You don’t need me to tell you that one of the most important factors of a band is their name. A good band needs a strong name that reflects their image, their sound and the artists themselves. A power metal band called ‘Conquerors Of The Dragon’s Crest’? Perfect. A grindcore band called ‘Botched Circumcision’? Couldn’t think of a better name. So it’s easy to be scratching heads at the somewhat unusual moniker of Swiss thrash metallers Algebra. Following 2012’s Polymorph, Algebra deliver a nimble beast of nostalgic 80s thrash fused with pulverising death metal attitudes on their new album Feed The Ego. But it’s only after the mathematical precision of the record has torn you apart that you’ll realise how appropriate the band’s name really is.
Algebra‘s sound is easily comparable to bands like Testament and early Metallica, but it’s the band’s emphasis on brutal technical proficiency which makes them a unique stand-out from thrash-revivalist contemporaries (and Unspeakable Axe labelmates such as Sabbatory). Both guitar and percussion work closely together on opening track ‘Survival Nowadays’, performing with calculated, mechanical accuracy as if it was a single instrument. Cold, robotic precision cuts through each song like an x-acto knife, and it’s not just in the instrumentals where the band touches on this notion. The cold, uncaring modern world is a common theme throughout the record, and whether we’re bringing about our own downfall through technology, disregard for the environment, or social isolation, it’s being yelled about. The lyrics aren’t a particularly notable part of the album; they’re blunt and get their message across in their derisive critiques of modern society (though I don’t think your album’s going to age well if you’re specifically growling about ‘the year 2014’), but apart from that, they’re standard-issue for the genre. Lyrics are barked out with the stern fierceness of a drill sergeant, but don’t quite fit in with the rest of the instruments, floating a bit too high in the mix. The vocals would have worked far better with some slight cosmetic effects, feeling a bit too tough and almost jocky on their own to flow with the mechanical, robotic vibe of the record.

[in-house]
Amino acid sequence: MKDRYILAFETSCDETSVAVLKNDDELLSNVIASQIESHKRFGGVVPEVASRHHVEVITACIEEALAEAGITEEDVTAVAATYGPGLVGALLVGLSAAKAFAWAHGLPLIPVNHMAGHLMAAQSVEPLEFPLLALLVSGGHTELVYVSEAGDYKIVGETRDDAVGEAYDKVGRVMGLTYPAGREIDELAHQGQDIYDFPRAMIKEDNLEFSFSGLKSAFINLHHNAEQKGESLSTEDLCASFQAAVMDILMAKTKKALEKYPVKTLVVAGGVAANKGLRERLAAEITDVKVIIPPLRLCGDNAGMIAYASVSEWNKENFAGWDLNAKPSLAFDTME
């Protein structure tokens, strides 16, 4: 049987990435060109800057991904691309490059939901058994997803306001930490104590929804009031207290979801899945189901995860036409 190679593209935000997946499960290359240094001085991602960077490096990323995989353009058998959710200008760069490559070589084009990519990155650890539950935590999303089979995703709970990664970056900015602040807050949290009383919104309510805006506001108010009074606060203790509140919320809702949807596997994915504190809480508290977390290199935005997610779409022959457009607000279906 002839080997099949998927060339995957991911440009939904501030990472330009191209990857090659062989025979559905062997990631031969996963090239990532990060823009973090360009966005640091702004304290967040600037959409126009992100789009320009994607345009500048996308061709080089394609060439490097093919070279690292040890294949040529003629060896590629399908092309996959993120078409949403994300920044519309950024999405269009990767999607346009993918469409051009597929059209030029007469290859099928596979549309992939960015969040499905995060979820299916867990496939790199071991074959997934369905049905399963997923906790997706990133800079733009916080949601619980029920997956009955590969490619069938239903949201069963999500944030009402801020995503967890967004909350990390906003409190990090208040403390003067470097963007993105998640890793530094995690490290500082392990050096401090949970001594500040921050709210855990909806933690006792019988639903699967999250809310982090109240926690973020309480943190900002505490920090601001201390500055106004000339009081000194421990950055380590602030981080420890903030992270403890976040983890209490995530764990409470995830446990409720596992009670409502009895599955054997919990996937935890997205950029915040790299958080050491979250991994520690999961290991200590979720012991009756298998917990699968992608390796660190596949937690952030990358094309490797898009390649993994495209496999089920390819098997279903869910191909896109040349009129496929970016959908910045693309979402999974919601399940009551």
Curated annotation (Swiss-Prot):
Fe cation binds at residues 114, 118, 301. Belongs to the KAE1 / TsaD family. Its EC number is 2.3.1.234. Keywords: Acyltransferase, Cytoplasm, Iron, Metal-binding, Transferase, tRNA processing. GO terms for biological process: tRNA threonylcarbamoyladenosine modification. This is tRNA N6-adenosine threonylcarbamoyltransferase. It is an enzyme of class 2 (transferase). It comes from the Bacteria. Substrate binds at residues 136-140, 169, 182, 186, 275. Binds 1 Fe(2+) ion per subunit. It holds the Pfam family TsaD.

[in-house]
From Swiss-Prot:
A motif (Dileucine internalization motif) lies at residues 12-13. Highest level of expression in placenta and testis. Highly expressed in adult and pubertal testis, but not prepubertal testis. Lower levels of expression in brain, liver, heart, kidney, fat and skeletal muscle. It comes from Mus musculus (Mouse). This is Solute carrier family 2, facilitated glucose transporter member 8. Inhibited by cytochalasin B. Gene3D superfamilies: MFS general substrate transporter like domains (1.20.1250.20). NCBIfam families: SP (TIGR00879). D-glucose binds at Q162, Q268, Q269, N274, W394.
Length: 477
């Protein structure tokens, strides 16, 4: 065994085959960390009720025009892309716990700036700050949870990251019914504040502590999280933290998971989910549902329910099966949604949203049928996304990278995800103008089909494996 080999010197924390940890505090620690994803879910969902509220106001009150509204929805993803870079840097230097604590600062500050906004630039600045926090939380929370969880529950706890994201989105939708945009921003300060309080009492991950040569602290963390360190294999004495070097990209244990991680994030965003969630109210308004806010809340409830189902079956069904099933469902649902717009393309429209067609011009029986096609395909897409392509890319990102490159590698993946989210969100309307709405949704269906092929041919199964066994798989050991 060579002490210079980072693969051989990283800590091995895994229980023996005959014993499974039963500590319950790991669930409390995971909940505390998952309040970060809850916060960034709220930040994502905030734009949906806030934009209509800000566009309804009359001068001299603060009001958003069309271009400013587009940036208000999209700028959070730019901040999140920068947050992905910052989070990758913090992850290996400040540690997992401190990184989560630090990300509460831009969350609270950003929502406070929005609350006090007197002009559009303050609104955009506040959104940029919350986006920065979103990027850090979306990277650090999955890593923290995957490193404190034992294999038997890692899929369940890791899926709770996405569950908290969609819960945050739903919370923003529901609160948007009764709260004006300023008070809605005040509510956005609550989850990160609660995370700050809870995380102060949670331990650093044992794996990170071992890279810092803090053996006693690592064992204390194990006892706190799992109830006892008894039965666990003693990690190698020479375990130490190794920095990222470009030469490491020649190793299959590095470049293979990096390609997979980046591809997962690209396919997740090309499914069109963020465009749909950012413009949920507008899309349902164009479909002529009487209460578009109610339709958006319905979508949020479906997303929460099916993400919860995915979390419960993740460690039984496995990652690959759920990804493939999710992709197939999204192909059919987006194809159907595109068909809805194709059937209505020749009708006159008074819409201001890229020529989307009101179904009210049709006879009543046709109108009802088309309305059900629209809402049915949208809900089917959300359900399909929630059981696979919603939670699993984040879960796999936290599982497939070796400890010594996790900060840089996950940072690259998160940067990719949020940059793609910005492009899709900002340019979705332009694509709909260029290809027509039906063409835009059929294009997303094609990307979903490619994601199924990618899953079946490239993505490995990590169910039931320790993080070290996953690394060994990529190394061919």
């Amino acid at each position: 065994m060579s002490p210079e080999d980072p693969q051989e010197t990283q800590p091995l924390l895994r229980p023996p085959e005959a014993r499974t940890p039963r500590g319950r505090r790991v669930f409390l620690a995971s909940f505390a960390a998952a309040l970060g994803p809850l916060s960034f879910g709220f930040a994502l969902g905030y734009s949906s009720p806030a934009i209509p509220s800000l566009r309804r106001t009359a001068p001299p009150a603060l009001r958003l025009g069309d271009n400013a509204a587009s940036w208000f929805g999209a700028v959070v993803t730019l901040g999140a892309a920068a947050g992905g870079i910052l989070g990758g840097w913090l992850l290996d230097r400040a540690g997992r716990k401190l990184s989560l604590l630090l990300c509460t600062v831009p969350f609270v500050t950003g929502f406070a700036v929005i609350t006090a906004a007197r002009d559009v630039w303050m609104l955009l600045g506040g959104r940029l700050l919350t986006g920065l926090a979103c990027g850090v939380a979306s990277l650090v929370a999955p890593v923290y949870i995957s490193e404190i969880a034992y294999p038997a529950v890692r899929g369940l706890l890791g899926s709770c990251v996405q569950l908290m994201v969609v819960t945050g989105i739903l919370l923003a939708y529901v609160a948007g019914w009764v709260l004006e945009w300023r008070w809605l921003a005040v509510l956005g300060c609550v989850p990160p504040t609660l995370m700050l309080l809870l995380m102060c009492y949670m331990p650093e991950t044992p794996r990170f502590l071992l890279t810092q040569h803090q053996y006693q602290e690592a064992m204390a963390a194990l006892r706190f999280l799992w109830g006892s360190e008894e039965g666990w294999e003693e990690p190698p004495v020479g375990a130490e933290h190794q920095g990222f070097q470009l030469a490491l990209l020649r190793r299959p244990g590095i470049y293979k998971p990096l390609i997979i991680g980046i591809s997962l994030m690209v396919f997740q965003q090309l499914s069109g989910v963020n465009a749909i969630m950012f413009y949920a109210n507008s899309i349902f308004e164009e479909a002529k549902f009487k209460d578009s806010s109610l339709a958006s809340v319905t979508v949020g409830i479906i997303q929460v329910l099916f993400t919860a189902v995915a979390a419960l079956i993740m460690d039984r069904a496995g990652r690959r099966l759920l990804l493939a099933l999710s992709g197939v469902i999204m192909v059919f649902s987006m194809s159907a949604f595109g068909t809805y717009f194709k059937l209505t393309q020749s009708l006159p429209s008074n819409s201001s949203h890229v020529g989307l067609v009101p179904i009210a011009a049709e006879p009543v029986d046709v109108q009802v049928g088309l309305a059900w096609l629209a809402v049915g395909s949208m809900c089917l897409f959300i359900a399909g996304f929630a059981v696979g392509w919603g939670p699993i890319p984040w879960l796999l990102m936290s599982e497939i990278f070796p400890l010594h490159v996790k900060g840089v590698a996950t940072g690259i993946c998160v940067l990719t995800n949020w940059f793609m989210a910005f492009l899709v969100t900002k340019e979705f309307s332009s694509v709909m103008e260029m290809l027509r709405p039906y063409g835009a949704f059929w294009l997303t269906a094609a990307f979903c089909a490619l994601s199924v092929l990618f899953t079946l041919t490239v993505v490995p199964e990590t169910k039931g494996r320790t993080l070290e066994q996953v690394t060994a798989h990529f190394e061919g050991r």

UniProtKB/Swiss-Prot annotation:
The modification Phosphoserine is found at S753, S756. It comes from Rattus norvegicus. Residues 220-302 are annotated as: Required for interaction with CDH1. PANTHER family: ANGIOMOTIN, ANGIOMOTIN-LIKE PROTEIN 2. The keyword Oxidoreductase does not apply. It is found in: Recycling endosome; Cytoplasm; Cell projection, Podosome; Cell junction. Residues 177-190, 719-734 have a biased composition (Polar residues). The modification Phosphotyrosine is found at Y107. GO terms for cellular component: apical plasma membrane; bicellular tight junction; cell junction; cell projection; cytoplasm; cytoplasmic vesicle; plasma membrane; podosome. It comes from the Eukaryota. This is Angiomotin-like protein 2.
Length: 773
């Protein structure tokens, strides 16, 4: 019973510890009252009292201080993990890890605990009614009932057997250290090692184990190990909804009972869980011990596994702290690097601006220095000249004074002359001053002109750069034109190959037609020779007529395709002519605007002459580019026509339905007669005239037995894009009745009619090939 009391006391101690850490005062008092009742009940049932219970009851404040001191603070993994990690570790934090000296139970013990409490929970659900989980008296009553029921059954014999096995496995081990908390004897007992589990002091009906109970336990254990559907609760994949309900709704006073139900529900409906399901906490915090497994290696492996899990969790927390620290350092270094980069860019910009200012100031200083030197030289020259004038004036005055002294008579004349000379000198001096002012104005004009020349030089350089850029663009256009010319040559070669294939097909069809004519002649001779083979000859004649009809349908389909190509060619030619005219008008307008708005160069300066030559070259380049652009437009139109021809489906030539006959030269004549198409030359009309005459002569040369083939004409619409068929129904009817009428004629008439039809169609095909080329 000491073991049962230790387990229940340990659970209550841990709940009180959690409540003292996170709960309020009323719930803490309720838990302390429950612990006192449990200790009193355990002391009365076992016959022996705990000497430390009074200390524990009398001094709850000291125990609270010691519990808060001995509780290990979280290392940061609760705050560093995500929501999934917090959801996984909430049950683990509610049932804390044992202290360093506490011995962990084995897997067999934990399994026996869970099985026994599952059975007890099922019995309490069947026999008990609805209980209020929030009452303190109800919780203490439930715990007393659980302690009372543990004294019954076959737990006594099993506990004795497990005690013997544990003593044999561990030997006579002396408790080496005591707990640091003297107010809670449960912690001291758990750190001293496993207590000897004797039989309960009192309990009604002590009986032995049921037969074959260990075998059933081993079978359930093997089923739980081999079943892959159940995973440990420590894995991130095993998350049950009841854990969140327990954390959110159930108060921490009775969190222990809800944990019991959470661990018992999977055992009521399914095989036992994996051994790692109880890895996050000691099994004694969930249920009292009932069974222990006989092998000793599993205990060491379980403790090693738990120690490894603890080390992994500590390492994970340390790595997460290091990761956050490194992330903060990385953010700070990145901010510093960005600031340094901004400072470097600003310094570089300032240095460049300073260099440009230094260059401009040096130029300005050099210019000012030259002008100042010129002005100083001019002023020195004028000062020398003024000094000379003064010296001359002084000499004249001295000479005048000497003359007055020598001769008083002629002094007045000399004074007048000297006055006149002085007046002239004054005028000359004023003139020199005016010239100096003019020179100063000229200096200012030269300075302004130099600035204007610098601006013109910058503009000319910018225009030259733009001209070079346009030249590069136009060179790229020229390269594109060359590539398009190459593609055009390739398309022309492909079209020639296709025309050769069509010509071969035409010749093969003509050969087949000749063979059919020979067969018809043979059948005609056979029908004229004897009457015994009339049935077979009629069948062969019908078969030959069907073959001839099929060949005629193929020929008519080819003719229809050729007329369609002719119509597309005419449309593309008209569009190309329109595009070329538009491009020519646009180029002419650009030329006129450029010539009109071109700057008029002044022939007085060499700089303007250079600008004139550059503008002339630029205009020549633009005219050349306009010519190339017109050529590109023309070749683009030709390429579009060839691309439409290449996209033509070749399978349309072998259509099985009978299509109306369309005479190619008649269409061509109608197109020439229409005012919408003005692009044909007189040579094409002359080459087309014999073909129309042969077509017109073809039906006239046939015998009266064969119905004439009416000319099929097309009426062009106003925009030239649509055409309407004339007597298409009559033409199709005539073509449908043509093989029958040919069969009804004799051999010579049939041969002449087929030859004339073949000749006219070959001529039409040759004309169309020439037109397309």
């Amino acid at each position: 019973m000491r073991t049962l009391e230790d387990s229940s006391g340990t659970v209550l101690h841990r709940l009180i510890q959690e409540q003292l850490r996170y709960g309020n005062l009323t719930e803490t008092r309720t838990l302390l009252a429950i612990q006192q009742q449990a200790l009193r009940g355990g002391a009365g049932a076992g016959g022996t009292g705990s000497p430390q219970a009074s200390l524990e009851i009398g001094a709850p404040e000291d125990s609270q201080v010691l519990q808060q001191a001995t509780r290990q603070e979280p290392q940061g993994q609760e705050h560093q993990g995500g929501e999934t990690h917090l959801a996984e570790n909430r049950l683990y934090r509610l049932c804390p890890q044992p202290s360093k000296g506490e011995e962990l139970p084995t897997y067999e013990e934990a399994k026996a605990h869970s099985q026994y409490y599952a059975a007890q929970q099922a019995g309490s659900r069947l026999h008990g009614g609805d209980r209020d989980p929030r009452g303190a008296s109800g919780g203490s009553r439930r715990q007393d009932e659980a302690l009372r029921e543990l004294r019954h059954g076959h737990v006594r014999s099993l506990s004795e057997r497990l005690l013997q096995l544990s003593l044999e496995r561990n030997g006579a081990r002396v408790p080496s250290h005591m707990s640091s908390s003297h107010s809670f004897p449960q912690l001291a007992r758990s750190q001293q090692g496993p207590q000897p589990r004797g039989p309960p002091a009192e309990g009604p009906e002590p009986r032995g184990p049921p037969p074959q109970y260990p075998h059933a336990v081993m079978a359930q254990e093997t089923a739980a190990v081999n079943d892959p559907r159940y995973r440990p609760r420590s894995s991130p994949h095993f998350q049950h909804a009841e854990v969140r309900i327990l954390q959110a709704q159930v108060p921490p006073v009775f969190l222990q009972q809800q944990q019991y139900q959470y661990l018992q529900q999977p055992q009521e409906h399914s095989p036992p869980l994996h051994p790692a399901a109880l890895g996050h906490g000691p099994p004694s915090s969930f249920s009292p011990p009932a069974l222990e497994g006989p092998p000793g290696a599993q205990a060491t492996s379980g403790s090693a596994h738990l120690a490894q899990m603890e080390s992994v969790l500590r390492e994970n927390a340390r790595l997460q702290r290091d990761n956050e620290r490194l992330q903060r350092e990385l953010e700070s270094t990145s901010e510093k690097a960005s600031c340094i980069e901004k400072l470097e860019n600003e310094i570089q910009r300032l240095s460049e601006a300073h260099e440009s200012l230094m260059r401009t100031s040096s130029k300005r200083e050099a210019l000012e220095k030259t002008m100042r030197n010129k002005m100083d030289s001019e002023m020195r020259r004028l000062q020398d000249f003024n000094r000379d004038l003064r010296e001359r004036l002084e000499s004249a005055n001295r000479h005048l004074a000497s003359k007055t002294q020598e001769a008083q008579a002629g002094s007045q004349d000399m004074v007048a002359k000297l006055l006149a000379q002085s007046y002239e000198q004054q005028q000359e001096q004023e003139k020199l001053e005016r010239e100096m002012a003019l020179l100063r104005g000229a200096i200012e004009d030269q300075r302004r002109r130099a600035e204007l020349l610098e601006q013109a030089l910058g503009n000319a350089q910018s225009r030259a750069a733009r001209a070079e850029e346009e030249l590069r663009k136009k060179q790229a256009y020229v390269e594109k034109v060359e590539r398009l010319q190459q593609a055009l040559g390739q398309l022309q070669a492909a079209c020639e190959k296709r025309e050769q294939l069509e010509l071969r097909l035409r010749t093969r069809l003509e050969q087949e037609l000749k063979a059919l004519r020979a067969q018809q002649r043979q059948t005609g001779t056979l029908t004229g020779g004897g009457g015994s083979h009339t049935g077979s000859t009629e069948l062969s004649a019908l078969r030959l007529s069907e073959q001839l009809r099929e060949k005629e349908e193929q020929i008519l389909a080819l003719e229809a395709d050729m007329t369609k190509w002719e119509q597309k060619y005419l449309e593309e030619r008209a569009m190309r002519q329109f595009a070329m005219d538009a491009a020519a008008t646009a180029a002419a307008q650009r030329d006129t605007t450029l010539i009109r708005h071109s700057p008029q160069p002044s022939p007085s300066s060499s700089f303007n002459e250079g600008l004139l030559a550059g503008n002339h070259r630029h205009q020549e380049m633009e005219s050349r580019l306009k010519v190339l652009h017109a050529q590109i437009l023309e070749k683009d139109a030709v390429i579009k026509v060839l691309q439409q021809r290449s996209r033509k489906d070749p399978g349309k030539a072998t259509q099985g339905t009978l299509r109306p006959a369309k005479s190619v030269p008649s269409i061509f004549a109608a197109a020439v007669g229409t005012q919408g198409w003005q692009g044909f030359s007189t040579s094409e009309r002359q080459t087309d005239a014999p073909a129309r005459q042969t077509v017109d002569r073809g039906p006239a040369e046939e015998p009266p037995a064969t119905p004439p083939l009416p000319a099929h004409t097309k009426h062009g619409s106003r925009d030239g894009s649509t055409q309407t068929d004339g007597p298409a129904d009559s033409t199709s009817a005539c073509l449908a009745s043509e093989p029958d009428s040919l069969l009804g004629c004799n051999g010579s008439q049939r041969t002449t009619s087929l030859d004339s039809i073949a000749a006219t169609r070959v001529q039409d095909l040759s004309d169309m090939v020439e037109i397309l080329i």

Though a lot of the songwriting is average cut-and-paste thrash, the band throws a few curveballs here and there. ‘My Shelf’ trades frenetic d-beats for slow, contemplative guitars which slowly unwind into deranged, nihilistic soloing and shows Algebra at their most creative and entertaining. Some of the riffing on display here even draws from more recent influences, such as the sinister, mechanical leads on ‘Egosystem’ which call back to Lykathea Aflame and even Behold The Arctopus.
Algebra may not be the most unique trash band you’ll hear this year, but Feed The Ego shows their full potential in their creativity, concepts and overall competence. It has a ton of more lyrical and conceptual substance than other boring thrash revivalist bands, but even if you ignore their message, over the nine tracks on this record it never lets go of the throttle, belting full force all the way.